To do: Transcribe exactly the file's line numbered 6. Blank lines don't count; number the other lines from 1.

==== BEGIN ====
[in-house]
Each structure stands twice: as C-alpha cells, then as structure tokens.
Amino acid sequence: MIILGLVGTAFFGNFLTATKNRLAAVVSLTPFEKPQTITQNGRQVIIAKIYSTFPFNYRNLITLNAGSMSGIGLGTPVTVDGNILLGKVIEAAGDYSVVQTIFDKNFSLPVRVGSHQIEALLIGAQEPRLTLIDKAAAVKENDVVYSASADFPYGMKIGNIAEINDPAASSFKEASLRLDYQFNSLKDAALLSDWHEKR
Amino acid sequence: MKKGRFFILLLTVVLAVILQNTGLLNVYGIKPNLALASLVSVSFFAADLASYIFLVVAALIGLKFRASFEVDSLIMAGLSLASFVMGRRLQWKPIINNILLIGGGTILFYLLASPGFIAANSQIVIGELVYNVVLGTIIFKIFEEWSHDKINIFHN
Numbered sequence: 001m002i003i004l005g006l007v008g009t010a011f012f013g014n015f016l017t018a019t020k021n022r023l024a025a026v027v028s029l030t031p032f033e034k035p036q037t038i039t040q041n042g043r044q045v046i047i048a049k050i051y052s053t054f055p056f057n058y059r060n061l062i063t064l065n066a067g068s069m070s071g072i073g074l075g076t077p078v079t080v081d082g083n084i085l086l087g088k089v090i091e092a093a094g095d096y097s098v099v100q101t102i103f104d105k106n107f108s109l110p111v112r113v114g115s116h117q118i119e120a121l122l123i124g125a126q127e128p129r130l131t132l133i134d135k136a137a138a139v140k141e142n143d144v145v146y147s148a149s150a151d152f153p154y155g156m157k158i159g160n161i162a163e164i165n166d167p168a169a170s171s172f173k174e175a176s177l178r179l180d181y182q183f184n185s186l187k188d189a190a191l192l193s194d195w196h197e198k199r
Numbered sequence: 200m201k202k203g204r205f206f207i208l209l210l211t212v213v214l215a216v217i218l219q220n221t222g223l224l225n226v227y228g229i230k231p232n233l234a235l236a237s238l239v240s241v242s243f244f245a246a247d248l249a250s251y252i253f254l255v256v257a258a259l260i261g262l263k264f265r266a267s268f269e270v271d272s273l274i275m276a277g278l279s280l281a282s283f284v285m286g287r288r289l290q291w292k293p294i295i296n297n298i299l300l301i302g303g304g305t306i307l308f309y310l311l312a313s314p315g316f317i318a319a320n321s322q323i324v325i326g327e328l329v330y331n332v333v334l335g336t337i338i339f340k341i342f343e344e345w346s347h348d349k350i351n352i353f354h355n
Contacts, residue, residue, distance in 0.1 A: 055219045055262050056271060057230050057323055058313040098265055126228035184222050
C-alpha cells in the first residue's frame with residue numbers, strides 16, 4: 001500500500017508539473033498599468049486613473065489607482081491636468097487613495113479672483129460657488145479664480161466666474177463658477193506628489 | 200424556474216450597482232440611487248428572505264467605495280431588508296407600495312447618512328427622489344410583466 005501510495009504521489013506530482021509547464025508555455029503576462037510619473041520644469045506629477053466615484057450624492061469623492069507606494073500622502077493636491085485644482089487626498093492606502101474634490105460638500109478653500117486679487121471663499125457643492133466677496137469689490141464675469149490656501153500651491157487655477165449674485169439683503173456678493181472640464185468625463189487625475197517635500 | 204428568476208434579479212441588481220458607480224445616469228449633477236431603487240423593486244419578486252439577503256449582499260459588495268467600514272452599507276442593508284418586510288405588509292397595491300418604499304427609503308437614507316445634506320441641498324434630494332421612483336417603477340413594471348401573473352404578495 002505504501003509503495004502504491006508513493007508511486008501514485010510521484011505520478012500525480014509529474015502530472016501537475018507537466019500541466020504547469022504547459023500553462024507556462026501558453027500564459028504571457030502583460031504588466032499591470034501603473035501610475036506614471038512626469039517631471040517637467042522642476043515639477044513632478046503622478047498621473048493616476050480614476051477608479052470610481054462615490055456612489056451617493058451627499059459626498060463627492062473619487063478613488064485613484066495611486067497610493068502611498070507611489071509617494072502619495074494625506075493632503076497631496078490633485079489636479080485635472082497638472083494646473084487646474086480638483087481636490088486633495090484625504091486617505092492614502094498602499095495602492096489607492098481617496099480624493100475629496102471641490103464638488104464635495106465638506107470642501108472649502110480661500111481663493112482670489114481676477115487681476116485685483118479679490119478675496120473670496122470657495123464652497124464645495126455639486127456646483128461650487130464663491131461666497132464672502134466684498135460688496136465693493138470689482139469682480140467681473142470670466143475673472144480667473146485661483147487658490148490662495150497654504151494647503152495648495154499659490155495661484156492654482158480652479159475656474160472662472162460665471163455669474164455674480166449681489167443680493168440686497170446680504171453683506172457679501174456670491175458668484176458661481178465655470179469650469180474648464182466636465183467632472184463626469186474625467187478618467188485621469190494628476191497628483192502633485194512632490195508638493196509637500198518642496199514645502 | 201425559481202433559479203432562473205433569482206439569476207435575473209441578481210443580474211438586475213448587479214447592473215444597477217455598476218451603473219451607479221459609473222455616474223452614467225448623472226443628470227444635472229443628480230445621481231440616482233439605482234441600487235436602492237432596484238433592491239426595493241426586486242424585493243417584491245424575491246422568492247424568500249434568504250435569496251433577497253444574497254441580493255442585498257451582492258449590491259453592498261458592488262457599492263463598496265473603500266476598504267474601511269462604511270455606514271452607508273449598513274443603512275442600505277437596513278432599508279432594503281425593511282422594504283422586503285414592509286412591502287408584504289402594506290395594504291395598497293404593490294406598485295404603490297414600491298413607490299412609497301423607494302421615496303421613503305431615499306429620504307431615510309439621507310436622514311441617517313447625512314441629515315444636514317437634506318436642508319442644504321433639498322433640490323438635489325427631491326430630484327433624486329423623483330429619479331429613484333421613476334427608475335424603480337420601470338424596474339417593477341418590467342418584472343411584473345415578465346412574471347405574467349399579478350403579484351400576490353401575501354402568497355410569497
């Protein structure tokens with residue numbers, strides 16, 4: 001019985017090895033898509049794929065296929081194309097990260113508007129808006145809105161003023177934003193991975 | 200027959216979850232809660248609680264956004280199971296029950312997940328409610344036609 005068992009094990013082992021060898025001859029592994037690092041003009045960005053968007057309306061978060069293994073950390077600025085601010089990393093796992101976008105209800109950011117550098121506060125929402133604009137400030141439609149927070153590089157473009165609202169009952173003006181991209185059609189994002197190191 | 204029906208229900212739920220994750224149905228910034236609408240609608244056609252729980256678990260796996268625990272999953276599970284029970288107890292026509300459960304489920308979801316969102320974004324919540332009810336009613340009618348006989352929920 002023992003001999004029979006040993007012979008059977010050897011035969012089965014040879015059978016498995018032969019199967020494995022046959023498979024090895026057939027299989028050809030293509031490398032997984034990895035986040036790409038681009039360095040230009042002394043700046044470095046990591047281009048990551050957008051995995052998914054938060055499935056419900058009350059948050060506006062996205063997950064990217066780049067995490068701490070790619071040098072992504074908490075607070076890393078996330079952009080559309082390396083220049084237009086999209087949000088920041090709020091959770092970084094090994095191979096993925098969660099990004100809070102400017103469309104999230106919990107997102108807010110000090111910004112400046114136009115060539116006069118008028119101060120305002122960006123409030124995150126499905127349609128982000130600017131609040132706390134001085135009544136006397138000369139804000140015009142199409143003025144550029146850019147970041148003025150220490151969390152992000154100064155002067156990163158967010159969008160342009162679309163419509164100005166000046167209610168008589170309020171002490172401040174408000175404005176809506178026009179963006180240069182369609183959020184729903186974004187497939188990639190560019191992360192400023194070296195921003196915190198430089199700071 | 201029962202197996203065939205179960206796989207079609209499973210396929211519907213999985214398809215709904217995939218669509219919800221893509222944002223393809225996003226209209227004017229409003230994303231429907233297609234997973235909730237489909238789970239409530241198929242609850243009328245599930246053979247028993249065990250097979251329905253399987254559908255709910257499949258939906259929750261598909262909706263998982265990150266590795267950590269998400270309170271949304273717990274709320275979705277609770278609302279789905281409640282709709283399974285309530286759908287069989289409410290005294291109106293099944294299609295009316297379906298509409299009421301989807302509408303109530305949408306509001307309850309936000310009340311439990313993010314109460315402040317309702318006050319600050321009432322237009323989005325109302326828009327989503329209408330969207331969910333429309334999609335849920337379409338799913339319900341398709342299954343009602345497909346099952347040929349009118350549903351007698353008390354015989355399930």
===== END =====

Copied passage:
Numbered sequence: 200m201k202k203g204r205f206f207i208l209l210l211t212v213v214l215a216v217i218l219q220n221t222g223l224l225n226v227y228g229i230k231p232n233l234a235l236a237s238l239v240s241v242s243f244f245a246a247d248l249a250s251y252i253f254l255v256v257a258a259l260i261g262l263k264f265r266a267s268f269e270v271d272s273l274i275m276a277g278l279s280l281a282s283f284v285m286g287r288r289l290q291w292k293p294i295i296n297n298i299l300l301i302g303g304g305t306i307l308f309y310l311l312a313s314p315g316f317i318a319a320n321s322q323i324v325i326g327e328l329v330y331n332v333v334l335g336t337i338i339f340k341i342f343e344e345w346s347h348d349k350i351n352i353f354h355n